nginx Reverse Proxy on Separate Server from Apache
I am in the middle of a fairly large migration between production servers. In the process, I went from a single server hosting ISPConfig and all the necessary services (web, db, mail, dns, etc.) to the multiserver setup described on this site.
I am beginning the process of moving websites from the old server, currently in production, to the new web server. It will be hard for me to move all sites at once or over a small time period, such as a weekend. Therefore, I am looking at the use of a reverse proxy.
I believe I can use a reverse proxy to send requests for sites that have already been moved to the new server. Similarly, requests for sites on the old server would be proxied to the old server.
Once all sites have been moved, I think I may leave the reverse proxy in place and allow it to begin caching static content to improve speed.
After much research, it appears that nginx is the preferred approach for both reverse proxy and static caching.
I have been following the HowtoForge tutorial at:
Users of the tutorial have noted some of the short comings and referred users to the follow up in the forum. Specifically, this forum post is the most useful in my opinion:
I am having some issues. I believe it is because all of the tutorials I have seen regarding the installation of nginx as a reverse proxy assume nginx is installed on the same machine as the original Apache installation.
I have three servers in my installation:
My nginx configuration files are below.
Any assistance is appreciated. Thanks.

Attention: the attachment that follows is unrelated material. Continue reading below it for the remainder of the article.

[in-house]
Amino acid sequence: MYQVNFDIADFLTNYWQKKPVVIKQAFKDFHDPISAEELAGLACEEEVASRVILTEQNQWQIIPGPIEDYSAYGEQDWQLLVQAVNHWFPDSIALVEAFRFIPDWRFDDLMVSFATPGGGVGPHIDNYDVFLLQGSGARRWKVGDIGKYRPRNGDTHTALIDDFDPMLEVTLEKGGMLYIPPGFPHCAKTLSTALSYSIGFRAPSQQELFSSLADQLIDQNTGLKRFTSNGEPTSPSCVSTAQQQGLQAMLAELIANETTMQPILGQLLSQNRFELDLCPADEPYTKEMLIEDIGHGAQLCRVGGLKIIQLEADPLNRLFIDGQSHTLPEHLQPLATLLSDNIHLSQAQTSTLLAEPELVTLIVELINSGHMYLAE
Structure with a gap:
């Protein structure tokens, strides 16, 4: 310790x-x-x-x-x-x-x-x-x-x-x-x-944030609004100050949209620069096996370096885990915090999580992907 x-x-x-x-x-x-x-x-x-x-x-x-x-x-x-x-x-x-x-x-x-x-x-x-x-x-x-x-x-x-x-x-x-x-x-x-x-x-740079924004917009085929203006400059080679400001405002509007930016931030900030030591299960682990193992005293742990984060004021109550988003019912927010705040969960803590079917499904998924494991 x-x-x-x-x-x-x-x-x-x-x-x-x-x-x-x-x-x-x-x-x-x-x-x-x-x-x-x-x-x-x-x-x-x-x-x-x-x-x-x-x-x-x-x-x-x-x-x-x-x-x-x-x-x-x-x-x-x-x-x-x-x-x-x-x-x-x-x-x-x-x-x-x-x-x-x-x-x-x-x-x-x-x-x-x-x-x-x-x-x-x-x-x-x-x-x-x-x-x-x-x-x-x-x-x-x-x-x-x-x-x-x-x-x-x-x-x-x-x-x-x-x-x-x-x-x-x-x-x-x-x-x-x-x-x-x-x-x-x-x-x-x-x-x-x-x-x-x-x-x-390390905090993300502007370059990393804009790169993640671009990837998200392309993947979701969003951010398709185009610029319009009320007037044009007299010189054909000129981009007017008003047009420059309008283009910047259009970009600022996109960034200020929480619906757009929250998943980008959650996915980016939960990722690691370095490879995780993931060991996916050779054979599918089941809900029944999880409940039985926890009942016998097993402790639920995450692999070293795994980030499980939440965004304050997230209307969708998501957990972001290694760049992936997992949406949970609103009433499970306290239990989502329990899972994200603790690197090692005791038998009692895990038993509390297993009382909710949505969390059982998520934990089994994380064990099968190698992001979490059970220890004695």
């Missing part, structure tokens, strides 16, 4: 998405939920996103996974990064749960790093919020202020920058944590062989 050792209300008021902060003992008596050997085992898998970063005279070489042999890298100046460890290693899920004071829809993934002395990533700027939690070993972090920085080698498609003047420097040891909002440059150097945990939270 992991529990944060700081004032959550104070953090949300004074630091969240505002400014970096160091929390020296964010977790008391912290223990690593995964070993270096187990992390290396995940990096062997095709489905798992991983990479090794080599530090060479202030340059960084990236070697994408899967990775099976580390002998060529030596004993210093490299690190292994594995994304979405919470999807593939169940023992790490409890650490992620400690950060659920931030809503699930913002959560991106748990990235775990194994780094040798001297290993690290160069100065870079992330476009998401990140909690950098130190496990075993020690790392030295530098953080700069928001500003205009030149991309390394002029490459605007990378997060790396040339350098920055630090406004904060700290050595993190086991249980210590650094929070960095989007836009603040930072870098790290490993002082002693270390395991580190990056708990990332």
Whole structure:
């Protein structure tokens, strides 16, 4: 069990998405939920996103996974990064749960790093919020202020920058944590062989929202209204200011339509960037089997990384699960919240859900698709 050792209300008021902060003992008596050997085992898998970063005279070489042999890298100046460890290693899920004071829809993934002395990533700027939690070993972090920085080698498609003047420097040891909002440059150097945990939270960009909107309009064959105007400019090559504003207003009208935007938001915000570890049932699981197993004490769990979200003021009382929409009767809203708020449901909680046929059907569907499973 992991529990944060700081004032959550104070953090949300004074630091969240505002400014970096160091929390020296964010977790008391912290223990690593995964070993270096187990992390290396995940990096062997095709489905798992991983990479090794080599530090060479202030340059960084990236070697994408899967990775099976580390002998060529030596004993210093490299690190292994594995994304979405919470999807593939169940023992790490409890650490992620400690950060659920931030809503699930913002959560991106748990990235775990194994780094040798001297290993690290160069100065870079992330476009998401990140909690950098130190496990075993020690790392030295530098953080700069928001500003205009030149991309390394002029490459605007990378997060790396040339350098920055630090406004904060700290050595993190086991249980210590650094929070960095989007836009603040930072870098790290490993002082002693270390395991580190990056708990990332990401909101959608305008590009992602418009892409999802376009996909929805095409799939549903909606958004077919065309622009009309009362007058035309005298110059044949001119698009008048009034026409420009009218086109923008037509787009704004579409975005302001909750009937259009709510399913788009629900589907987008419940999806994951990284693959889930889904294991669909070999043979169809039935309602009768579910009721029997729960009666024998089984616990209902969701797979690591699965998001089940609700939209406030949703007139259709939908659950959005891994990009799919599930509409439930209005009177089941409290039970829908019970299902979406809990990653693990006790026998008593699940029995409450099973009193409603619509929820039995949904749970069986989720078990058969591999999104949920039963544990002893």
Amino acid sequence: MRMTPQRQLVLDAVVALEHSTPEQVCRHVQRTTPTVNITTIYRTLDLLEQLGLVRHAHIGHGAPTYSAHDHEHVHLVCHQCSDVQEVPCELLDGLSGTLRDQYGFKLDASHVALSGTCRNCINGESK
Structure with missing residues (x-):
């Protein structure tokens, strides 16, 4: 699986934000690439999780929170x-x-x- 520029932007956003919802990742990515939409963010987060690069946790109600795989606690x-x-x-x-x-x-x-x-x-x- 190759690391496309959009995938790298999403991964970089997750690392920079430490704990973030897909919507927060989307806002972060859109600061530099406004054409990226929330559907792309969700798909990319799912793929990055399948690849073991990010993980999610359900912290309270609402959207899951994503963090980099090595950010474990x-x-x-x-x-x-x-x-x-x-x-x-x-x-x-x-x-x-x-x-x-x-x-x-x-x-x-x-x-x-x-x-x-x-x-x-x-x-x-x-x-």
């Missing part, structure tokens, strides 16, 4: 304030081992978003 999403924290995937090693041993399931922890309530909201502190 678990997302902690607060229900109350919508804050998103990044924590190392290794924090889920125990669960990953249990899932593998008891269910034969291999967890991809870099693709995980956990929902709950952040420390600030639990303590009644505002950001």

If you need an access log on the nginx server, you must create that access log. Otherwise, the Apache backends write their own access logs which should be sufficient in most cases.
I changed my configuration files slightly to make things a little easier (on me) to understand and configure.
I created a default vhost file for nginx as follows:
My intent is to only define vhost files within nginx for the sites that have been moved to the new production server. The default vhost directives above should catch everything else and send the requests to the current (soon to be old) production server.
Does this sound like a logical approach to others?
With the nginx default vhost, I am now receiving a "No Input File Specified" error when browsing to the website. The website I am trying to browse to is running a PHP based content management system. I thought nginx would simply proxy through the dynamic content and let Apache serve up the dynamic content as it always has in the past.
I searched on this error and most who have encountered it have encountered it by running nginx as their webserver instead of a reverse proxy.
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